Westborough is a town in Worcester County, Massachusetts, United States. The population was 18,272 at the 2010 census. The town is governed under the New England open town meeting system, headed by a five member elected Board of Selectmen whose duties include licensing, appointing various administrative positions, and calling a town meeting of citizens annually and whenever the need arises.
Before recorded time, the area now known as Westborough was a well travelled crossroads. As early as 7,000 B.C., prehistoric people in dugout canoes followed the Sudbury and Assabet Rivers to their headwaters in search of quartzite for tools and weapons. During the period from 1200-1600 A.D., seasonal migrations brought Nipmuc Indians to hunt and fish near Cedar Swamp and Lake Hoccomocco. Using Fay Mountain as a landmark, Indians crisscrossed Westborough on well worn paths: the old Connecticut Path leading west from Massachusetts Bay; the Narragansett Trail leading south, and the trail (along the present Milk Street) leading to Canada.
The early English explorer John Oldham followed these trails through Westborough in 1633, and settlers in search of fertile farmlands followed not long after. By late 1675, a few families had settled near Lake Chauncy, in the "west borough" of Marlborough.
On November 18, 1717, Westborough was incorporated as the hundredth town in Massachusetts, populated by twenty-seven families, including Thomas Rice who had represented Marlborough in the Great and General Court. Soon large farms were carved out, mills built along the Assabet River and Jackstraw Brook, and taverns flourished. Westborough's first minister, Reverend Ebenezer Parkman, shepherded the growing town of colonists through the years toward independence from Great Britain. Forty-six minutemen from Westborough fought under Captain Edmund Brigham in the Revolutionary War.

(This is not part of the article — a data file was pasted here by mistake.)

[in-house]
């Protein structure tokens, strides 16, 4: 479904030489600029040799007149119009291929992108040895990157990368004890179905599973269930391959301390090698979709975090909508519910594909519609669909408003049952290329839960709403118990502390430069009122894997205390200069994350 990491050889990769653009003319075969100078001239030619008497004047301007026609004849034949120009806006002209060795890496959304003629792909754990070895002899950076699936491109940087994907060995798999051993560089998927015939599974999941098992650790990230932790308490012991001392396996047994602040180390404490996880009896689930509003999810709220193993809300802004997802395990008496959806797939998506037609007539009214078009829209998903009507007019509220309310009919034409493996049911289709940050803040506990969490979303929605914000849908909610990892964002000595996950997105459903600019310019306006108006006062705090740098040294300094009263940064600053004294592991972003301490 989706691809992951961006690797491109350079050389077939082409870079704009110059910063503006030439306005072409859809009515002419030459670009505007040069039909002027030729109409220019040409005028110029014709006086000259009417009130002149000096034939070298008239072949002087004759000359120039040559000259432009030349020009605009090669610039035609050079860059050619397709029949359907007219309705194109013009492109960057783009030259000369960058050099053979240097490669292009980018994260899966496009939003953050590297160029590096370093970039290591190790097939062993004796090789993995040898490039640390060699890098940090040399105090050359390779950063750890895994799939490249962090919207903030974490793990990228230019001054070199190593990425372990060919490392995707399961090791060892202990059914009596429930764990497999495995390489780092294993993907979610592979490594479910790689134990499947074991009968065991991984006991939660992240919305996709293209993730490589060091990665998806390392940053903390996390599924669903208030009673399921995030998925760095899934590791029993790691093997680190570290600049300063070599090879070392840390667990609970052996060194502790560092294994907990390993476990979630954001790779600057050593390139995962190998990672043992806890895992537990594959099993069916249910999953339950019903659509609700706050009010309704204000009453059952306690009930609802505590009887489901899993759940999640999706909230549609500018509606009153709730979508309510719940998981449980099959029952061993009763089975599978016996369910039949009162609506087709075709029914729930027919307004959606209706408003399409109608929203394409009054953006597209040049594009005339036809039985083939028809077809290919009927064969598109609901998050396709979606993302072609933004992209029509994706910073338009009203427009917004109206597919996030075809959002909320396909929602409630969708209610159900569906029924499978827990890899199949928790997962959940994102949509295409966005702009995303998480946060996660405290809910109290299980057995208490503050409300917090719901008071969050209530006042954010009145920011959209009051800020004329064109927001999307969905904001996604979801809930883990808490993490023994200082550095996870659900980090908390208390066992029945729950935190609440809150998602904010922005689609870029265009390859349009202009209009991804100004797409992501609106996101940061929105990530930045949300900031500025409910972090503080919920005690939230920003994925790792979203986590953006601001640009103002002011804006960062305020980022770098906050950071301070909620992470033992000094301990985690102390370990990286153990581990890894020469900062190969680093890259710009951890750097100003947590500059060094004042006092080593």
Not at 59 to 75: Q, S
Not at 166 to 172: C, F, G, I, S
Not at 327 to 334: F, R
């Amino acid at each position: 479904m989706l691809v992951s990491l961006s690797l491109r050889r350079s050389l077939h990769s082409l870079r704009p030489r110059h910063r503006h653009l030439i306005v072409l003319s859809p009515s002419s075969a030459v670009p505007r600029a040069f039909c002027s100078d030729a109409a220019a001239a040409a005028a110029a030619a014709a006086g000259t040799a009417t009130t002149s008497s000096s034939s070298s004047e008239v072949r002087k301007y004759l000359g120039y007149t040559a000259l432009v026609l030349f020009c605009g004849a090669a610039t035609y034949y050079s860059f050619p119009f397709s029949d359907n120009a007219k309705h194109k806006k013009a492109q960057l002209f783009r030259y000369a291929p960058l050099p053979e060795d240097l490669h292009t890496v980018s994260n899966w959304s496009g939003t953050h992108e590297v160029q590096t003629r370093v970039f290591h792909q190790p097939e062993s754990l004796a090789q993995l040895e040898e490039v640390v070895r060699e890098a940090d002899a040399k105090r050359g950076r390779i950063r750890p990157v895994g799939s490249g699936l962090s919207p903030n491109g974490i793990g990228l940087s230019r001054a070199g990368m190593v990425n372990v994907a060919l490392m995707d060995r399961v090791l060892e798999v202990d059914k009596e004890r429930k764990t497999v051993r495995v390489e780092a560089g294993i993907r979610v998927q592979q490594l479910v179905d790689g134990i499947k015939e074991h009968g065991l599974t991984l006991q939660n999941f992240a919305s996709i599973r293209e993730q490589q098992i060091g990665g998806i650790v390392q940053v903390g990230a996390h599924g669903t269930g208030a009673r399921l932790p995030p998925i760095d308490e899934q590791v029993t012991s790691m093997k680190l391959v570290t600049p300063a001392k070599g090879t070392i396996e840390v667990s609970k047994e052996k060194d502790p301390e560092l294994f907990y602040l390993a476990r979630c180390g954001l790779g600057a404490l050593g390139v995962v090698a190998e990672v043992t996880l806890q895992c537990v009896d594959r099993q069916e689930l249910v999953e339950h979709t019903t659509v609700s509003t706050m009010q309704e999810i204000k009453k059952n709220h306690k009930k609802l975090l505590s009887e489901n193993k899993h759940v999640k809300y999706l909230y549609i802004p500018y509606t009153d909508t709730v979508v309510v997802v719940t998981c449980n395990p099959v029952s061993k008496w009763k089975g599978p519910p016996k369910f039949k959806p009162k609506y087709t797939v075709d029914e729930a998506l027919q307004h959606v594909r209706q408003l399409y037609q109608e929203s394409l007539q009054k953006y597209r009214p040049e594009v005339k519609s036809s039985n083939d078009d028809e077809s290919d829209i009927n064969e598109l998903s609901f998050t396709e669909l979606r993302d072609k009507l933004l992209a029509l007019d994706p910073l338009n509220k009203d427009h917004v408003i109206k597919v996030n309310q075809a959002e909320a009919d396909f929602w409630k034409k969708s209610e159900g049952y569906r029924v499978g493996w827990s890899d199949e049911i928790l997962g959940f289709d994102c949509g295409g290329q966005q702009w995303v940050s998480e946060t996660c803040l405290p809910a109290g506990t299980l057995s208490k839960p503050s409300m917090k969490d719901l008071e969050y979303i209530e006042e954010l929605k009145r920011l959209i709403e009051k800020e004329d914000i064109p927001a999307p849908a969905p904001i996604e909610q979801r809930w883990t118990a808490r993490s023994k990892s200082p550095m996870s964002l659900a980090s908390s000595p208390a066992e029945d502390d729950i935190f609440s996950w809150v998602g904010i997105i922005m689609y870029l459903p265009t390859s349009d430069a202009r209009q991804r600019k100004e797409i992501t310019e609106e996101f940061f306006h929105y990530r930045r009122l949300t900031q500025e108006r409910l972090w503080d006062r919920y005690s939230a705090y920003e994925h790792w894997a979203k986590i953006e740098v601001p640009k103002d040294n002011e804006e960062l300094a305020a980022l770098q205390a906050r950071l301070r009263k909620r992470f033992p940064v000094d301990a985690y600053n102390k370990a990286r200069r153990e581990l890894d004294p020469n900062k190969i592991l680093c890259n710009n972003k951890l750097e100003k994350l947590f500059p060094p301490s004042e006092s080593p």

In 1775, Northborough split off as the "north borough" of Westborough, much as Westborough split off from Marlborough some 58 years before. However, the two towns shared a meetinghouse for some time more.
In 1810 the route from Boston to Worcester was straightened and improved into an official turnpike (the present Route 9), and along its Westborough route, the Wesson Tavern Common, Forbush Tavern and Nathan Fisher's store prospered. The center of commerce shifted downtown in 1824 with the arrival of the steam train through Westborough's center. The railroad brought a new era to the town industry: over the next century, local factories shipped boots and shoes, straw hats, sleighs, textiles, bicycles, and eventually abrasive products, across the nation. Westborough dairies supplied cities with milk and local greenhouses shipped out carnations, while the eight orchards found ready markets for their produce.
Registered Historic Places
Westborough is home to several listings on the National Register of Historic Places: